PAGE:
What is your fight song? 

Tuesday, June 16, 2015

Keep Your Kids On Track For A Safe Summer

Tracking Pixel My childhood summer days were comprised of hours of reading punctuated by bike rides and occasional adventures in the woods. When I was little, there were a lot of safety rules my mom taught me over and over again - only jump in the water feet first, look both ways before crossing a street (preferably while holding the hand of an adult), don't talk to strangers, no playing or gathering blackberries near the train tracks, sit on your butt while sliding down a slide, mind the warning flags at the beach, and absolutely stay away from the half burnt down house in the woods.

Now that I'm the mom, it is my job to share those safety rules with Katarina. And I'm not off the hook because she is in her tween years. I only have to think back to the time I thought it would be a good idea to jump off of my friend's roof when I was 12 years old to remind myself that tweens and teens need safety rules, too.

That is why I am excited to work with Shriners Hospitals for Children® this summer to help promote their On Track For A Safe Summer Campaign. Because parents need all the help and support they can get as they teach their kids about safety.

Shriners Hospitals For Children Safe Summer Event

National Safety Month

June has been designated National Safety Month. It is the start of summer - or what public health and medical professionals in the United States call "trauma season," because serious injuries and unintentional deaths increase dramatically among children during these months. Scary.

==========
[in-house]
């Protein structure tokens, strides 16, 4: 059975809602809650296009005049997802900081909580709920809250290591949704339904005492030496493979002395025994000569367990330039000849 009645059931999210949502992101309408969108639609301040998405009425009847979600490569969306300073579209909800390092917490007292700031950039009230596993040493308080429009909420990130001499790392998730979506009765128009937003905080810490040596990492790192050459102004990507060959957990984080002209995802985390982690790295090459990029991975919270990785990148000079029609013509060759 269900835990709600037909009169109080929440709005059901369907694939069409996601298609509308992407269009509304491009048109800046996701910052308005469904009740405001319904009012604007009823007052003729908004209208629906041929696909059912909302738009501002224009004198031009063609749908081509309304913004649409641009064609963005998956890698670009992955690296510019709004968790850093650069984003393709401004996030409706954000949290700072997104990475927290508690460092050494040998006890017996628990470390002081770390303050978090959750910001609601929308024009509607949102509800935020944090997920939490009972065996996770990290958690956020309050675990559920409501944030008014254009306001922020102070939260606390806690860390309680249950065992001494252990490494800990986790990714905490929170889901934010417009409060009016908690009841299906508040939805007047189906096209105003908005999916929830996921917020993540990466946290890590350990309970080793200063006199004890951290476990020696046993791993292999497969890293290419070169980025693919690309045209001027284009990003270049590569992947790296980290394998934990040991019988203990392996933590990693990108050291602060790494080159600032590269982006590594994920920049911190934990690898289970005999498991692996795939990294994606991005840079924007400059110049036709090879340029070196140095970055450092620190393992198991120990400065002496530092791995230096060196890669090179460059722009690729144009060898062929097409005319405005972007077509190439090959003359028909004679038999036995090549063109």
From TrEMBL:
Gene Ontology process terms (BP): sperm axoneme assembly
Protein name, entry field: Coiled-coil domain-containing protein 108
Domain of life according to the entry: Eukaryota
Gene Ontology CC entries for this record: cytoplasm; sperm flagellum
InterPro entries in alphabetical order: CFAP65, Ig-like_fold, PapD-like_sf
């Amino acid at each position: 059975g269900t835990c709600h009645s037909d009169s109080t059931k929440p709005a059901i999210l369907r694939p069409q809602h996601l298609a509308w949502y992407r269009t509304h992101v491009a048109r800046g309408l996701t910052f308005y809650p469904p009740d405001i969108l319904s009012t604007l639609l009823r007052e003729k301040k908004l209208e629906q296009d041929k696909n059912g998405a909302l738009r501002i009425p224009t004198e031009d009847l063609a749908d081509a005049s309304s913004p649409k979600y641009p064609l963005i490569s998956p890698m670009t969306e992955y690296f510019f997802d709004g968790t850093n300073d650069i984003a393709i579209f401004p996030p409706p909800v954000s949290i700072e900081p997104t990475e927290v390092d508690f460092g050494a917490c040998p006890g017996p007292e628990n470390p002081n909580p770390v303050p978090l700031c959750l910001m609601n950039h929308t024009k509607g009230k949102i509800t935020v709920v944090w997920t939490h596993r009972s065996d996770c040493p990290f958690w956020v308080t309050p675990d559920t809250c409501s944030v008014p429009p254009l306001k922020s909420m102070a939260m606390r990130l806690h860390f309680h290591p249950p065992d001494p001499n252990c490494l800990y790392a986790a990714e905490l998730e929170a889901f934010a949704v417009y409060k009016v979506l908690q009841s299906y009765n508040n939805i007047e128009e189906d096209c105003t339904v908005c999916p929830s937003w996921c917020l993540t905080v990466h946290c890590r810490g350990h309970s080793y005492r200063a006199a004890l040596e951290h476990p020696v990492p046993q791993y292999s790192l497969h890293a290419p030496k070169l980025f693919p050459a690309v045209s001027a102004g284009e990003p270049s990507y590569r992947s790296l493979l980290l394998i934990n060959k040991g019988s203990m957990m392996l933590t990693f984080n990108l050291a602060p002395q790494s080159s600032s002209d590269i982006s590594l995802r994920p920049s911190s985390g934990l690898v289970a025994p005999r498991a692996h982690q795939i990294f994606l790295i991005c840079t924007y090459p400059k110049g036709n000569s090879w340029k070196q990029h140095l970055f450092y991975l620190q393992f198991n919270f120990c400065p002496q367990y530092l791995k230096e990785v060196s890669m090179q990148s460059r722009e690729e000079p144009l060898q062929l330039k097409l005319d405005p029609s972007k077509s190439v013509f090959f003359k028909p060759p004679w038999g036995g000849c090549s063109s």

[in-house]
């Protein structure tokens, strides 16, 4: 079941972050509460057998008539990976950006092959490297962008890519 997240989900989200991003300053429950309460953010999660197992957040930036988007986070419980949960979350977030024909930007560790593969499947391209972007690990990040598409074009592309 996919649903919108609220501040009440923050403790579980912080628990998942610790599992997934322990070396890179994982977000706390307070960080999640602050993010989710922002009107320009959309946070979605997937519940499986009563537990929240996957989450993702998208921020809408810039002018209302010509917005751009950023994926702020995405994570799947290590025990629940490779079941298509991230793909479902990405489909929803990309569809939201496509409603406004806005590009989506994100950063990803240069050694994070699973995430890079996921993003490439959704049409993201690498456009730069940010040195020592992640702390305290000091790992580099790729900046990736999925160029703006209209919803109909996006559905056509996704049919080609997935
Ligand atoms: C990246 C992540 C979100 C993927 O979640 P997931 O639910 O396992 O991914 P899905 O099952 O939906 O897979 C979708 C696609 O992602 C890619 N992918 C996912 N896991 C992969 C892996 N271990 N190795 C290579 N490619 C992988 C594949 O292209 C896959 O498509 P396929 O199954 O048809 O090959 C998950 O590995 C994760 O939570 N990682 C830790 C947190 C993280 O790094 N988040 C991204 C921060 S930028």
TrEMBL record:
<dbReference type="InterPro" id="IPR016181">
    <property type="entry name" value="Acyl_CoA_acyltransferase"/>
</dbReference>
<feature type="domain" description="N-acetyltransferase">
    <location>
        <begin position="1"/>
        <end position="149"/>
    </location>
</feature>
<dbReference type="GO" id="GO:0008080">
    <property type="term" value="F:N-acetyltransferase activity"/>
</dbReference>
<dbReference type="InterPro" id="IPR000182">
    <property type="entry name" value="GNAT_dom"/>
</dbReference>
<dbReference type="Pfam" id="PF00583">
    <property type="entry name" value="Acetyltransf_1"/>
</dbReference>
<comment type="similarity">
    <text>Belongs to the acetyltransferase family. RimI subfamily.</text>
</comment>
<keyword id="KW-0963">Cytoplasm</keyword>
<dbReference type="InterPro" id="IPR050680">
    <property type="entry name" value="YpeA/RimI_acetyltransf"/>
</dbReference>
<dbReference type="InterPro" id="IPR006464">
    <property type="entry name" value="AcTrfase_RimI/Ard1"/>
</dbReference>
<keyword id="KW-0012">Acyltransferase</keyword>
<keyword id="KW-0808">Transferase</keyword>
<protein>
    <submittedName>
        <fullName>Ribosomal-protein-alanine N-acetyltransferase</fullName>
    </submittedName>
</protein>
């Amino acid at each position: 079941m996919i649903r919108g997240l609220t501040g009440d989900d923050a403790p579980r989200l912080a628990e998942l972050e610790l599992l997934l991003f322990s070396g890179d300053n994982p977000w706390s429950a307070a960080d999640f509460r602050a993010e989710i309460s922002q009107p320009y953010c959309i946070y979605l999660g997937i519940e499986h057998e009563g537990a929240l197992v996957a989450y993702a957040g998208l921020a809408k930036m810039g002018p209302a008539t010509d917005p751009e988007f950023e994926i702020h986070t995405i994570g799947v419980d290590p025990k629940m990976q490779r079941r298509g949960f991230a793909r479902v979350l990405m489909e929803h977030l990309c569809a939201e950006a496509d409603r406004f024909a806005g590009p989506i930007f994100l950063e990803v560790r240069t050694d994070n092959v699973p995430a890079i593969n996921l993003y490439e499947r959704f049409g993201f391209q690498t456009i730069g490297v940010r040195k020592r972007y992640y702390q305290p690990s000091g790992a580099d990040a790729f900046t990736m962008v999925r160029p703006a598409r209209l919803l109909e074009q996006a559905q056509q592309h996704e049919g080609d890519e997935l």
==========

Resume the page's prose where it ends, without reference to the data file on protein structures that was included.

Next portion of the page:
Shriners Hospitals For Children Logo
Katarina and I recently attended a safe summer event at Shriners Hospitals for Children® in Tampa. It was pretty awesome. The kids and their parents were taken on a journey through several safety stations to learn important tips. I'm going to share some of my favorites with you today, so you can help your kids get on track for a safe summer.

Safe Summer Tip: Wear Sunscreen EVERY Time You Go Outside
I'm all about sunscreen now that I'm an adult, but kids just want to run outside and play as fast as they can. I remember those years of not caring about sunscreen, and I remember the second degree burns I got after I spent nine hours at the beach without any sunscreen when I was a teenager. Ouch! As you might guess, I took Katarina straight to the sunscreen station to reinforce the lessons I've been teaching her since she was little.

Shriners Hospitals for Children® knows what kids like. They made the stations both informative and fun, as you can see in the picture of Katarina getting ready to go outside. She has her shoes, hat, and sunscreen and is all ready to go!

Safe Summer Tip: Life Jackets Are NOT One Size Fits All